We’ve made progress in the last century on women’s rights, equal rights, gay marriage, and many other things, so society is perfect, right? Unfortunately, this is not the case.
Businesses with a healthy balance of men and women are 15% more likely to outperform their competitors
A recent study by the Council on Contemporary Families at the University of Texas-Austin shows that many “millennials” have very traditional views of home life and who the breadwinner should be. We should not take anything for granted. Societal evolution is not a straight line – it has many twists and turns.
3. I don’t matter to this company
Those employees from different ethnic and social backgrounds may often feel a sense of exclusion – due to previous experiences or a feeling of exclusion with their current employer.
81% of women say they feel some form of exclusion at work.
The failure to form social and emotional bonds with colleagues can lead to early departures, with those leaving often citing the lack of networking opportunities and opportunities for enhanced responsibilities. They feel that no one is talking about them when there are opportunities for extra responsibility or promotion.
Women’s feelings of exclusion, for example, do not relate to isolated examples or situations but rather an ongoing pattern of male behavior (which may or may not be intentional).
Whether it be inadvertent or not, male behavior tends to exclude women from informal networks, reduce or severely limit their chances for mentoring and sponsorship, and overlook their ideas and questions during meetings – what woman has not been “manteruppted” by a male colleague? The findings are eye-watering:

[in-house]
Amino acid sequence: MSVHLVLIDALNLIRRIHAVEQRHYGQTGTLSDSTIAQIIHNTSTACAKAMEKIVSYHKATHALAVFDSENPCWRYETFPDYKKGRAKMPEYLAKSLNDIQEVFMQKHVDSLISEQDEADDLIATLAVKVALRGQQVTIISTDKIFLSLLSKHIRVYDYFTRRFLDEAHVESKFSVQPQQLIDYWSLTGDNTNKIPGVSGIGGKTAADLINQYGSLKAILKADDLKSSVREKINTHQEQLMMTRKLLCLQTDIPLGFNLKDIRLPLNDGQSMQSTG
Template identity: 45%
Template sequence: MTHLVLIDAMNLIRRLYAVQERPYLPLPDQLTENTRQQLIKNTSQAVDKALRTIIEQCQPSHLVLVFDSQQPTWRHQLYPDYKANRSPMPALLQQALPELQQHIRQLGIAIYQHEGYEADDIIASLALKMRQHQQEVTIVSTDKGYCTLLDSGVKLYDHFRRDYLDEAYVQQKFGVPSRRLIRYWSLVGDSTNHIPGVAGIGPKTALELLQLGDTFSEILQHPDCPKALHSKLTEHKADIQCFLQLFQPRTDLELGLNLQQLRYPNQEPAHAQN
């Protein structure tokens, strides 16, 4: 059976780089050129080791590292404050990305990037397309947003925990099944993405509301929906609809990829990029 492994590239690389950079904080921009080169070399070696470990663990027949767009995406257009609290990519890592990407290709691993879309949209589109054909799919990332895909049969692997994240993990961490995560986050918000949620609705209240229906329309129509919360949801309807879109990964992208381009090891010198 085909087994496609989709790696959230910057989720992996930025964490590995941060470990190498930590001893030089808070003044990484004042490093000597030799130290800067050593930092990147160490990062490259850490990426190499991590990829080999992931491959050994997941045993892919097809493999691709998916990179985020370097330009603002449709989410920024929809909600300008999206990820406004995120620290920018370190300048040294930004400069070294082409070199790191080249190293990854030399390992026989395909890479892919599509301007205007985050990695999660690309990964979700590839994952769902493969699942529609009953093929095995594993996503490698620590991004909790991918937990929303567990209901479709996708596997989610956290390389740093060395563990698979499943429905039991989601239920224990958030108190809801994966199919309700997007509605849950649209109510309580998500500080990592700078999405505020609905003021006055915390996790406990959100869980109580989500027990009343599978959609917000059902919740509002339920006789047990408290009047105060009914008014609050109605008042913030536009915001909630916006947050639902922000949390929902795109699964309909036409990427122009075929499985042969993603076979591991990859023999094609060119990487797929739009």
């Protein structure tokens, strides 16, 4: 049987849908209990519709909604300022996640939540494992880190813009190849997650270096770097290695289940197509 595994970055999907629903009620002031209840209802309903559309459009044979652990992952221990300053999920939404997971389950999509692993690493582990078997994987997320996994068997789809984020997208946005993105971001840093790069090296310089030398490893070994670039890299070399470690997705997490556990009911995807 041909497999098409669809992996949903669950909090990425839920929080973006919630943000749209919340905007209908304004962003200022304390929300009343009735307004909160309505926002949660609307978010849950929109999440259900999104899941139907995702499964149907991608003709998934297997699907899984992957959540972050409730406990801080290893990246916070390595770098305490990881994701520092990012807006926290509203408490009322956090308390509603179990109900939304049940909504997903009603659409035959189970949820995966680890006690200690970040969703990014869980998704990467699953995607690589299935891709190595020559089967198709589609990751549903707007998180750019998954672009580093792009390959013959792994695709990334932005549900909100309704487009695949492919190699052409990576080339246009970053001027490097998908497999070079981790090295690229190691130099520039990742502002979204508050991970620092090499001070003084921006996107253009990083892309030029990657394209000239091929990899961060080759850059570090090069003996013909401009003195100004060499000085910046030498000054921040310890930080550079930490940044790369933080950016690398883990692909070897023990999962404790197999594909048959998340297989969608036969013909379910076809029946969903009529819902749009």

Eight-one percent of women say they feel some form of exclusion at work.
How to Help Your Organization Move from Unconscious Bias to Conscious Inclusion
Why Building a D&I Strategy Gives Your Organization a Competitive Advantage
Why Developing Female Talent Can Give Your Company a Competitive Edge
Learnlight Research Reveals One in Four Employees Has Experienced Workplace Discrimination
7 Ways Unconscious Bias Impacts Your Daily Interactions at Work
Why Global Mobility Must Stand Up and Help Drive a Diverse Workforce
4. Hiding sexual orientation
Employees often hide their sexual orientation from colleagues and bosses. Be it for the desire to “fit in” or to not “stand out”, many LGBT employees still do not consider their workplace to be inclusive.
Well if a gay Irishman can become the CEO of Qantas then an indigenous lady can (Alan Joyce, CEO Qantas)
When Alan Joyce, the chief executive of Australian airline Qantas, was asked by a young indigenous woman whether she could ever head up the firm his answer was unequivocal – “Well if a gay Irishman can become the CEO of Qantas then an indigenous lady can.”
Sending a clear message from the top of an organization that it is ok to be who you are is a vital step on the road to an inclusive organization.